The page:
But, unlike Chernin, Moonves may choose not to trade in his executive stripes to run a production company. The filing did not rule out the possibility that Moonves, 62, could extend his employment agreement with CBS, keeping him at the CEO controls beyond the current February 2015 expiration of his contract.
Last year, Moonves received compensation of $69.9 million for his CEO role, making him the highest-compensated executive in Hollywood.
Under the proposed contract, Moonves could trigger the production deal once he steps down. CBS would be required to finance the enterprise for at least four years and invest as much as $3 million a year to cover the operation's overhead for staffing and a development fund to buy projects.
CBS would be obligated to buy at least three TV series projects over the life of the deal. CBS would have to pay Moonves license fees for TV shows equal to the highest amount paid to other producers who do business with the network or with CBS Studios.
CBS also would be required to pay Moonves a guaranteed fee of $1.5 million a year.
"This fixed fee is offset and reduced dollar for dollar by all executive producing fees earned for shows ordered from Mr. Moonves," the agreement states. "Mr. Moonves will earn fees for each hour and half hour scripted series and for each alternative series that are accepted by CBS, subject to pre-defined terms and at rates generally consistent with those paid to other top producers with Mr. Moonves’ skill, experience and record of success."
CBS would also be required to pay Moonves a "penalty fee" if the network failed to order the agreed-upon number of TV shows. Chernin's agreement with Fox contains a similar provision.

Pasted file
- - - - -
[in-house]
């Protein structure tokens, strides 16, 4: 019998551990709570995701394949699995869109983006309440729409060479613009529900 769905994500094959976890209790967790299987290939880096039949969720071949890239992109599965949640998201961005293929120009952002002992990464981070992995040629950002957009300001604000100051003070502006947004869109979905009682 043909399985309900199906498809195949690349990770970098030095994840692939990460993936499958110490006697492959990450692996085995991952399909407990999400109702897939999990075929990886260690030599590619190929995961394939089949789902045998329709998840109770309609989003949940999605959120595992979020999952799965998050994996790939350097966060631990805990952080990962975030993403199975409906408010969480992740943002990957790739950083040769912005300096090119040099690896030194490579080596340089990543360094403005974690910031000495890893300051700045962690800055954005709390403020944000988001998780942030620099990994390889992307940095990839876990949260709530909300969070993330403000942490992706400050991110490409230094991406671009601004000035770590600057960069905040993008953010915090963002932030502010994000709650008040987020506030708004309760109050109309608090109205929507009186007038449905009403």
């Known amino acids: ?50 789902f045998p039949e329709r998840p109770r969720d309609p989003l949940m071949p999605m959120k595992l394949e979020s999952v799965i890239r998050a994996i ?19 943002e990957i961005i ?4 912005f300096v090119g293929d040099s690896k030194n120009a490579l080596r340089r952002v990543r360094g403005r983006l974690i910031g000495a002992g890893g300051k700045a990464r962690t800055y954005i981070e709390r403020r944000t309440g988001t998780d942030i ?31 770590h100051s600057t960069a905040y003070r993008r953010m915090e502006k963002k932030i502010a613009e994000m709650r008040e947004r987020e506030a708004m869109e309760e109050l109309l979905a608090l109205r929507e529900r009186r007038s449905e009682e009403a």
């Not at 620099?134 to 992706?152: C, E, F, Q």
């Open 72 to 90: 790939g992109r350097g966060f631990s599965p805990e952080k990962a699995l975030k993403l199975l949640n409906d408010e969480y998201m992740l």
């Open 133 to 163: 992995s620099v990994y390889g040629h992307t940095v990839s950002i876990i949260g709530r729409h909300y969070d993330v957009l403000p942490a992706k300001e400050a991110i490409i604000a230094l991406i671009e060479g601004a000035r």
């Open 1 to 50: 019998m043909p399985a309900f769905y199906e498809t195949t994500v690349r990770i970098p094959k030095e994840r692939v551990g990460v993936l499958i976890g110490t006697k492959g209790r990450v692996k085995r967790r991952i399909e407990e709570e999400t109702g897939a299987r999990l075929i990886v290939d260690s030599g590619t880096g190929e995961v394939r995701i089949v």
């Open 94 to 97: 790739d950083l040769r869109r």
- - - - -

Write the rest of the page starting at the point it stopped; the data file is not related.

Under the terms of the deal, CBS has a first look at all of his movie projects. If CBS gave its blessing to a movie, Moonves would receive a producer fee, plus "certain contingent compensation if, and only if, the film achieves profitability." He would be entitled to the same profit-sharing agreements that the company's current CBS Films extends to other producers.
Photo: "The Avengers." Credit: Zade Rosethal/Walt Disney Co.
Top this: "The Avengers" had a record-breaking opening weekend, taking in more than $200 million. That easily topped the previous record of $169.2 million raked in by 2011's "Harry Potter and the Deathly Hallows -- Part 2." "The Avengers" has already taken in more than $440 million overseas. Yes, I saw it and while it was exactly what I expected -- things get smashed up and Robert Downey Jr. makes wisecracks -- it didn't need to be almost two-and-a-half hours. Also, how many times do I need to see Grand Central Station destroyed? Box office recaps from the Los Angeles Times and Movie City News.
Photo: Judi Dench stars in "The Best Exotic Marigold Hotel." Credit: Fox Searchlight
Already a hit overseas "Marigold Hotel" has strong US Debut. "The Avengers" may have dominated the box office this weekend, but that didn't stop a handful of older moviegoers from checking in on "The Best Exotic Marigold Hotel."
The well-reviewed film, which follows seven British retirees on a trip to India, debuted in 27 domestic theaters this weekend and collected $750,301, according to an estimate from distributor Fox Searchlight. That means the film notched a strong per-theater average of $27,789.
Heading into the weekend, "Marigold Hotel" was already a hit overseas with its international gross of $70 million. Playing in 17 foreign countries this weekend, the movie grossed an additional $1.3 million, raising its tally abroad to $72.4 million. The well-reviewed picture has performed best in the United Kingdom, where many of its stars — including Judi Dench, Bill Nighy, and Tom Wilkinson — hail from.
The film succeeded in the U.S. this weekend due to interest from the Baby Boomer crowd, Searchlight said. A number of matinee screenings for the movie were sold out, indicating that older adult audiences were the key demographic for the film, according to the studio's Executive Vice President Sheila DeLoach.
Searchlight and partner Participant Media financed the picture for $12 million after rebates and tax credits.
Next weekend, the movie will expand to 24 markets and will play in about 150 theaters. By Memorial Day, Searchlight hopes the picture will be in around 800 locations.
Stamp of approval. News Corp. Chairman Rupert Murdoch has a lot of headaches these days, thanks to the ethics scandal at his British newspapers and a declaration by Parliament that he's not fit and proper to lead the media giant. But one group is unlikely to question or criticize Murdoch: his own board of directors. New York Times columnist David Carr suggests the News Corp. board rests comfortably in the mogul's pocket.